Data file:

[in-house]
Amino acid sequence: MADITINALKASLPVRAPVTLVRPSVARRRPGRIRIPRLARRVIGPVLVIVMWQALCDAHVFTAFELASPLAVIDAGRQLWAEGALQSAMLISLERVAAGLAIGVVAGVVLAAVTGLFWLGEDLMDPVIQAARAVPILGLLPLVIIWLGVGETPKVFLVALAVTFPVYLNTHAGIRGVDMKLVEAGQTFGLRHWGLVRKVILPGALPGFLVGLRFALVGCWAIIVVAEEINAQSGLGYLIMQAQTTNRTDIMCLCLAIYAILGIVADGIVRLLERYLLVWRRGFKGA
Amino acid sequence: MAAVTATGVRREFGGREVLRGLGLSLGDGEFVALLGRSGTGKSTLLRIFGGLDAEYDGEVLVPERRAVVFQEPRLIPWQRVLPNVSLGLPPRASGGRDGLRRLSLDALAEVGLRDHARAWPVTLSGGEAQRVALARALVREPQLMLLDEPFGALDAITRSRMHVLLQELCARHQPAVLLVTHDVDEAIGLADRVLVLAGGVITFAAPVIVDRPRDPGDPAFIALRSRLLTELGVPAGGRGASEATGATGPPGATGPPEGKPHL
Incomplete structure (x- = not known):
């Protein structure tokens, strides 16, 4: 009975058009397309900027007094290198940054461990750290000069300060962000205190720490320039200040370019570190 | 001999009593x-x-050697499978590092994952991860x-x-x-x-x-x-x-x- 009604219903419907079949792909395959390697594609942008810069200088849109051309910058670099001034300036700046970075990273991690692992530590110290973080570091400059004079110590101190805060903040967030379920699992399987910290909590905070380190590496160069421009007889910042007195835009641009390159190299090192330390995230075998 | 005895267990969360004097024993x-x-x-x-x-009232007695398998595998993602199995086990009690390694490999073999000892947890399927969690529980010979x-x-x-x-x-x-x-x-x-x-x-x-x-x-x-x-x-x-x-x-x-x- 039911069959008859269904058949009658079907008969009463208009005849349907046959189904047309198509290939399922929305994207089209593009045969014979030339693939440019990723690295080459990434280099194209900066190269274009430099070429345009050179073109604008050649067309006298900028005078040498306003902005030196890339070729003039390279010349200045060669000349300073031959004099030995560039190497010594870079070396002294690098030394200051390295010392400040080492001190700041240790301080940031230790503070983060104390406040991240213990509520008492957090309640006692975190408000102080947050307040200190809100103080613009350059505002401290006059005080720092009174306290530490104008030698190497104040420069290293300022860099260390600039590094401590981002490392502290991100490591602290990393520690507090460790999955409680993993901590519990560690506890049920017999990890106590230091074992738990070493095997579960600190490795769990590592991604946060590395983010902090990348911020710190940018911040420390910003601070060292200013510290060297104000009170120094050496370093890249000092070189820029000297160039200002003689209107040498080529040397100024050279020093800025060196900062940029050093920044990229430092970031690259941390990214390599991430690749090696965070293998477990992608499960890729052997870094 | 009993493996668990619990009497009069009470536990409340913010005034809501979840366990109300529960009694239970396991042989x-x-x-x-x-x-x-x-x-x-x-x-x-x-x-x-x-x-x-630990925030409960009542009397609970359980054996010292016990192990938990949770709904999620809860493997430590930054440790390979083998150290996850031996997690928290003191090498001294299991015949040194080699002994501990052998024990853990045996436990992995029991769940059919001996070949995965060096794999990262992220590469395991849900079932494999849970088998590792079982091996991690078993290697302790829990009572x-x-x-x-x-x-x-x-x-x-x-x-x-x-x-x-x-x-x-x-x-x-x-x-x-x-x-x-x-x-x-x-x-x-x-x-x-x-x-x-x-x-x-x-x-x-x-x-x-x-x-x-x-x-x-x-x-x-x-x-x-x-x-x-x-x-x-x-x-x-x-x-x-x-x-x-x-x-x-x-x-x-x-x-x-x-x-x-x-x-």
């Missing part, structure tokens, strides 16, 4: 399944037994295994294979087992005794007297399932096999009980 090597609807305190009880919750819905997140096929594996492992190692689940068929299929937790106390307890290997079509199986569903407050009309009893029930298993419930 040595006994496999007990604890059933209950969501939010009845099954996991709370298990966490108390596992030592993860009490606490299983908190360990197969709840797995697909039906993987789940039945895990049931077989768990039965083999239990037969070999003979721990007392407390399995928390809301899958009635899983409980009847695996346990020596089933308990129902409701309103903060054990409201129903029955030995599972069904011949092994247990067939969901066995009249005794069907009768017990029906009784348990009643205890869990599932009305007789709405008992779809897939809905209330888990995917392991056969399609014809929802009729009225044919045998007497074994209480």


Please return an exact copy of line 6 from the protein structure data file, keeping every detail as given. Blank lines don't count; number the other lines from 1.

């Missing part, structure tokens, strides 16, 4: 399944037994295994294979087992005794007297399932096999009980 090597609807305190009880919750819905997140096929594996492992190692689940068929299929937790106390307890290997079509199986569903407050009309009893029930298993419930 040595006994496999007990604890059933209950969501939010009845099954996991709370298990966490108390596992030592993860009490606490299983908190360990197969709840797995697909039906993987789940039945895990049931077989768990039965083999239990037969070999003979721990007392407390399995928390809301899958009635899983409980009847695996346990020596089933308990129902409701309103903060054990409201129903029955030995599972069904011949092994247990067939969901066995009249005794069907009768017990029906009784348990009643205890869990599932009305007789709405008992779809897939809905209330888990995917392991056969399609014809929802009729009225044919045998007497074994209480």